Renee Fry-McKibbin, Crawford School of Public Policy, Australian National University; Peter M. Downes, Crawford School of Public Policy, Australian National University, and Warwick J. McKibbin, Crawford School of Public Policy, Australian National UniversityUntil the end of last month one million workers were paid by JobKeeper.
This month there are none. Treasury thinks up to 150,000 will lose their jobs.
Credible estimates put the number higher, at as much as one quarter of a million.
In its place, the government introduced a A$4 billion JobMaker Hiring Credit. It will give employers who can demonstrate that a new employee will increase overall headcount (and payroll) $200 per week if the new hire is aged 16-29, or $100 if the new hire is aged 30-35.
Billions on offer, little takeup
Employers will get nothing for new hires aged 36 and over — no matter how disadvantaged and no matter how suitable.
The scheme hasn’t got off to a good start. It is reported to have had only 609 applications in its first seven weeks.
The October budget said it would attract 450,000 applications, creating 45,000 jobs.
The low takeup isn’t surprising.
Evidence shows when unemployment is high, the best way to target disadvantaged groups (such as young jobseekers) is not to target them, but to target high employment growth more broadly.
High employment growth disproportionately helps less-advantaged workers because they are further down the hiring queue.
The $4 billion appropriated for JobMaker is still available to be spent. If spent well, it would help consolidate what so far has been a very solid recovery.
But it needs to be simplified. JobMaker II could be set up as a tax rebate on the quarterly increase in firms’ payrolls, say 60% on any increment above 6%.
Firms that were on JobKeeper in the March quarter (its final quarter) would be allowed to deduct their JobKeeper receipts from their payroll in estimating the starting point for the calculation.
JobMaker II could save 100,000 jobs
If those firms retained their workers (and the rebate was set at 60% on any increase in payroll beyond 6%) they would receive a little over half their March quarter JobKeeper payment in the June quarter.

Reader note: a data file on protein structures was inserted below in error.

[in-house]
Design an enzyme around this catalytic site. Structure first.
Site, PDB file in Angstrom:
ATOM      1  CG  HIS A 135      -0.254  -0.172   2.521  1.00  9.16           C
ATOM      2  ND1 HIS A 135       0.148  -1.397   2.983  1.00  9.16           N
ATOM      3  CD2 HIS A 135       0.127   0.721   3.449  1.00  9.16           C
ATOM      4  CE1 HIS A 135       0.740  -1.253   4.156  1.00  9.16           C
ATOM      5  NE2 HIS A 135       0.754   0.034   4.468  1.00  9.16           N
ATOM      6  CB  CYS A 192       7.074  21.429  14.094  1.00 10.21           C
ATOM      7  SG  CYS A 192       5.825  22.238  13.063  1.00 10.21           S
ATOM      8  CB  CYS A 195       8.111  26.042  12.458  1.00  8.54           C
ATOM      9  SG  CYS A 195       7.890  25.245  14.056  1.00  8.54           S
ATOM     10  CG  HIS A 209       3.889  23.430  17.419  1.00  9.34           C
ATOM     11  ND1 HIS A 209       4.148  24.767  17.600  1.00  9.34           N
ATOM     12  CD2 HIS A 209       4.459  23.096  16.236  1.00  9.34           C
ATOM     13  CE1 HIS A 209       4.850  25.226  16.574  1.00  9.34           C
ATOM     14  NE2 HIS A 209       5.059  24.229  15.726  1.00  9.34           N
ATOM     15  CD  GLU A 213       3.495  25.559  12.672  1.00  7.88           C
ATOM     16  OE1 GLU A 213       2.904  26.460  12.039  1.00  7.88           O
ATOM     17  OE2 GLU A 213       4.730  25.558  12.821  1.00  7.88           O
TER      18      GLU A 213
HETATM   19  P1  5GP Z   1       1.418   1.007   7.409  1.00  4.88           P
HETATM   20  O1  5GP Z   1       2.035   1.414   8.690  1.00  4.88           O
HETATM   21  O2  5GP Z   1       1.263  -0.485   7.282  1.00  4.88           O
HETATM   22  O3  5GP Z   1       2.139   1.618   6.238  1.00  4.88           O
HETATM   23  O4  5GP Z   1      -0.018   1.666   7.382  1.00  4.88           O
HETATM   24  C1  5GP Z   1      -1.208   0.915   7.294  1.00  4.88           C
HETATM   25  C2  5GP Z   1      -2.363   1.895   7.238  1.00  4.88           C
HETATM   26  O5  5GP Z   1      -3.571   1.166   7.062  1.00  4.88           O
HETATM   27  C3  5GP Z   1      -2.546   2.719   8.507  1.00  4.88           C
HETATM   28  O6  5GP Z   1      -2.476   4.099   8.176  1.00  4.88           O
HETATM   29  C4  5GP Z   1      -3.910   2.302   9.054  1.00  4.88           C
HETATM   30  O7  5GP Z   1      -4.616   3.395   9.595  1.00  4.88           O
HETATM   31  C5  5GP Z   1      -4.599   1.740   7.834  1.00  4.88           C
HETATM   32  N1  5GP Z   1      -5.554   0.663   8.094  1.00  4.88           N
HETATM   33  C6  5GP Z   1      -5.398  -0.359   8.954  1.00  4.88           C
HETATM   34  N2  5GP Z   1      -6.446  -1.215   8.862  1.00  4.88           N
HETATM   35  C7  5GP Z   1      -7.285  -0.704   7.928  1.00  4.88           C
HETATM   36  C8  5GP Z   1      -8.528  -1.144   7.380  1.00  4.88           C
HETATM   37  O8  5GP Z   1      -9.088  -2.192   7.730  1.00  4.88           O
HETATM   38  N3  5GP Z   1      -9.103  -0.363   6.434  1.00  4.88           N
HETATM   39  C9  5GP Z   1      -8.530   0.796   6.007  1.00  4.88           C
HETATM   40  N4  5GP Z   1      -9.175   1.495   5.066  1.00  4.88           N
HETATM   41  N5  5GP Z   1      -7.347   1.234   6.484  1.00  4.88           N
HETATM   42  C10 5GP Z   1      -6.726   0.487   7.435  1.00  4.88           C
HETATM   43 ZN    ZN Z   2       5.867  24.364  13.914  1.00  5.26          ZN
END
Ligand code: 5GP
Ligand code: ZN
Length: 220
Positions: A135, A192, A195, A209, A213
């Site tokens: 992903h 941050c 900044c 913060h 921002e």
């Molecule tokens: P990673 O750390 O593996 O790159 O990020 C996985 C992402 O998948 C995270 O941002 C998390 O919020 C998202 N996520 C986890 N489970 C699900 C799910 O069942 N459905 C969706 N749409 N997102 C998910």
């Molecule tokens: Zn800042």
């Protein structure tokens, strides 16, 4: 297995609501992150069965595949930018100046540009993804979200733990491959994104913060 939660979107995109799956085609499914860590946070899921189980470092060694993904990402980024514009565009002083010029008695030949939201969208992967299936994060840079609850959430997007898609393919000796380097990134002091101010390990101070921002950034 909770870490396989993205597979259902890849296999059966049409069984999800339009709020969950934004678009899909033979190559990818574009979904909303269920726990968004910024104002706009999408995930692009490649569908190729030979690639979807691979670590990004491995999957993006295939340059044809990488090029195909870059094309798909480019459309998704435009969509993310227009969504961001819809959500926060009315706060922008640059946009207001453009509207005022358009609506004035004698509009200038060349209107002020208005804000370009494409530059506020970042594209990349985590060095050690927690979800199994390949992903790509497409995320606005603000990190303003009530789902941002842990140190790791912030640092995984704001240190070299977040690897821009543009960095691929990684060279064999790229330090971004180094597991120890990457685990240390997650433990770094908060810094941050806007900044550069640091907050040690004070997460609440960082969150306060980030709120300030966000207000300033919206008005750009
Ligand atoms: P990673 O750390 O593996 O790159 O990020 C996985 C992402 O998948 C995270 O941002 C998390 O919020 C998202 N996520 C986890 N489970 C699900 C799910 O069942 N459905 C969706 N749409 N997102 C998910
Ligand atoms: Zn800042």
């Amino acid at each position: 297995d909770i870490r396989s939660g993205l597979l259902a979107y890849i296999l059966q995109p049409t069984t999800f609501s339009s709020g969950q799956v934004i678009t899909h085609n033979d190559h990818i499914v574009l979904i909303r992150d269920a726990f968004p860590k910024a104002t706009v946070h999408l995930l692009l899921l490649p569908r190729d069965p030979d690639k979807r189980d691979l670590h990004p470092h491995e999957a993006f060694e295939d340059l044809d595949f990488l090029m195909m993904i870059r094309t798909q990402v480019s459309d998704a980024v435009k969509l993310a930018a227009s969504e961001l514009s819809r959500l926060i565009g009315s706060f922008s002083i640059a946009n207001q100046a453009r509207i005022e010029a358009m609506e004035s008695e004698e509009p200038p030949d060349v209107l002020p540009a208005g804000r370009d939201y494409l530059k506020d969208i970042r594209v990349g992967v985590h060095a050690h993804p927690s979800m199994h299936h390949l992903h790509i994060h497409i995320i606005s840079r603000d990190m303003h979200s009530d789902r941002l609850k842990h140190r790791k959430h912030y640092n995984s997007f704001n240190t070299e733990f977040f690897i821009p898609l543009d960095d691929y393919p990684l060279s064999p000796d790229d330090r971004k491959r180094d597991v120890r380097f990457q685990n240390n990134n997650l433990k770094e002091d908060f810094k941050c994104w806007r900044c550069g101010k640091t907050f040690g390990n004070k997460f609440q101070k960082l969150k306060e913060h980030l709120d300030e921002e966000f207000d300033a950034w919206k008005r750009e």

Most of the money would go to firms and disadvantaged workers who still need it.
The ordinary job matching process would be allowed to work, without some jobseekers being given preference over others because of factors such as their age.
And firms already thriving would have an incentive to increase their employment by even more.
But it should be announced this week
The proposal would have to be implemented quickly to maintain the momentum established by JobKeeper. With JobMaker as it is, it will slip away.
The main thing required is for the treasurer to make an announcement setting out the broad outlines.
The week after Easter is a time when business owners will be taking stock – working out whether they can afford to continue to carry workers who until the end of March were supported by JobKeeper.
Our modelling suggests that refashioning JobMaker along the lines we have suggested could save and generate 100,000 to 130,000 jobs over the next six months.
It would keep employment 1% higher than it would have been, generating higher wage growth and higher tax revenue leading to a lower budget deficit.
With interest rates close to zero, the employment effect would be sustained.
The impacts would be greatest for young and for low-skilled workers, with the bulk of the benefits flowing to wages rather than profits (as regrettably happened in high profile cases as a result of JobKeeper).
And without the discrimination implicit in age targeting, other genuinely disadvantaged groups, including low-income women over 35, would be better off.
Those women would be in a better position to build their superannuation balances and be less exposed to homelessness.
The economy seems on track for a rapid recovery. But with the pandemic continuing and the outlook uncertain, it’d be wise to take out insurance.
With interest rates low, even a more expensive JobMaker II would pay for itself.
Renee Fry-McKibbin, Professor of Economics, Crawford School of Public Policy, Australian National University; Peter M. Downes, Research Associate, Centre for Climate and Energy Policy, Crawford School of Public Policy, Australian National University, and Warwick J. McKibbin, Chair in Public Policy, ANU Centre for Applied Macroeconomic Analysis (CAMA), Crawford School of Public Policy, Australian National University